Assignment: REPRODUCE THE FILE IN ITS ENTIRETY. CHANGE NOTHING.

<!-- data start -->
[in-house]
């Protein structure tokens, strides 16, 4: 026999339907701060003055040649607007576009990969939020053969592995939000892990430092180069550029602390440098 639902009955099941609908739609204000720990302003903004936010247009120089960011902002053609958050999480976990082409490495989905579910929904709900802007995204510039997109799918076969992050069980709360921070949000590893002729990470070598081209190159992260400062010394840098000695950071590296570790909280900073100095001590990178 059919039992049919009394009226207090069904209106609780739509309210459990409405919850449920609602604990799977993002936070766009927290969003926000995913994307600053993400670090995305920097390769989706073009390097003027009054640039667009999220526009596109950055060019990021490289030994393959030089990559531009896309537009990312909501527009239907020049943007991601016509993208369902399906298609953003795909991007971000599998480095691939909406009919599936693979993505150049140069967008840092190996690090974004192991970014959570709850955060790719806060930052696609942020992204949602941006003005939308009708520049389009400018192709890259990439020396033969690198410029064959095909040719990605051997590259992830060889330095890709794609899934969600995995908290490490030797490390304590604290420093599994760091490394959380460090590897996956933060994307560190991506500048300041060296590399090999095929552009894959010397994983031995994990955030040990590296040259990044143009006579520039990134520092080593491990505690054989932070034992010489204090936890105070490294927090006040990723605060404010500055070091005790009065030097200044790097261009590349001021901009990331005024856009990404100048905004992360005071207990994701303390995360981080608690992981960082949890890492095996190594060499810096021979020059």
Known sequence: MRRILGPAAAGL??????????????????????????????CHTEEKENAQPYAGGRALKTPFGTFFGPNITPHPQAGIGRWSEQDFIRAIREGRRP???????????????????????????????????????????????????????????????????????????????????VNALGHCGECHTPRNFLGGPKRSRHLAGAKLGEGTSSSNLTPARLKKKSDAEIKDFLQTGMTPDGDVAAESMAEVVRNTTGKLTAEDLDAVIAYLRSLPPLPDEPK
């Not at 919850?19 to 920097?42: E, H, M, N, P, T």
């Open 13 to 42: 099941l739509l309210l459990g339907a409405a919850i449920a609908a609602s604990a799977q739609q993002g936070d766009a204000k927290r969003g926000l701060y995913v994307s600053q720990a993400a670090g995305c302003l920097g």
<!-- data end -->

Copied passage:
[in-house]
């Protein structure tokens, strides 16, 4: 026999339907701060003055040649607007576009990969939020053969592995939000892990430092180069550029602390440098 639902009955099941609908739609204000720990302003903004936010247009120089960011902002053609958050999480976990082409490495989905579910929904709900802007995204510039997109799918076969992050069980709360921070949000590893002729990470070598081209190159992260400062010394840098000695950071590296570790909280900073100095001590990178 059919039992049919009394009226207090069904209106609780739509309210459990409405919850449920609602604990799977993002936070766009927290969003926000995913994307600053993400670090995305920097390769989706073009390097003027009054640039667009999220526009596109950055060019990021490289030994393959030089990559531009896309537009990312909501527009239907020049943007991601016509993208369902399906298609953003795909991007971000599998480095691939909406009919599936693979993505150049140069967008840092190996690090974004192991970014959570709850955060790719806060930052696609942020992204949602941006003005939308009708520049389009400018192709890259990439020396033969690198410029064959095909040719990605051997590259992830060889330095890709794609899934969600995995908290490490030797490390304590604290420093599994760091490394959380460090590897996956933060994307560190991506500048300041060296590399090999095929552009894959010397994983031995994990955030040990590296040259990044143009006579520039990134520092080593491990505690054989932070034992010489204090936890105070490294927090006040990723605060404010500055070091005790009065030097200044790097261009590349001021901009990331005024856009990404100048905004992360005071207990994701303390995360981080608690992981960082949890890492095996190594060499810096021979020059």
Known sequence: MRRILGPAAAGL??????????????????????????????CHTEEKENAQPYAGGRALKTPFGTFFGPNITPHPQAGIGRWSEQDFIRAIREGRRP???????????????????????????????????????????????????????????????????????????????????VNALGHCGECHTPRNFLGGPKRSRHLAGAKLGEGTSSSNLTPARLKKKSDAEIKDFLQTGMTPDGDVAAESMAEVVRNTTGKLTAEDLDAVIAYLRSLPPLPDEPK
């Not at 919850?19 to 920097?42: E, H, M, N, P, T």
């Open 13 to 42: 099941l739509l309210l459990g339907a409405a919850i449920a609908a609602s604990a799977q739609q993002g936070d766009a204000k927290r969003g926000l701060y995913v994307s600053q720990a993400a670090g995305c302003l920097g």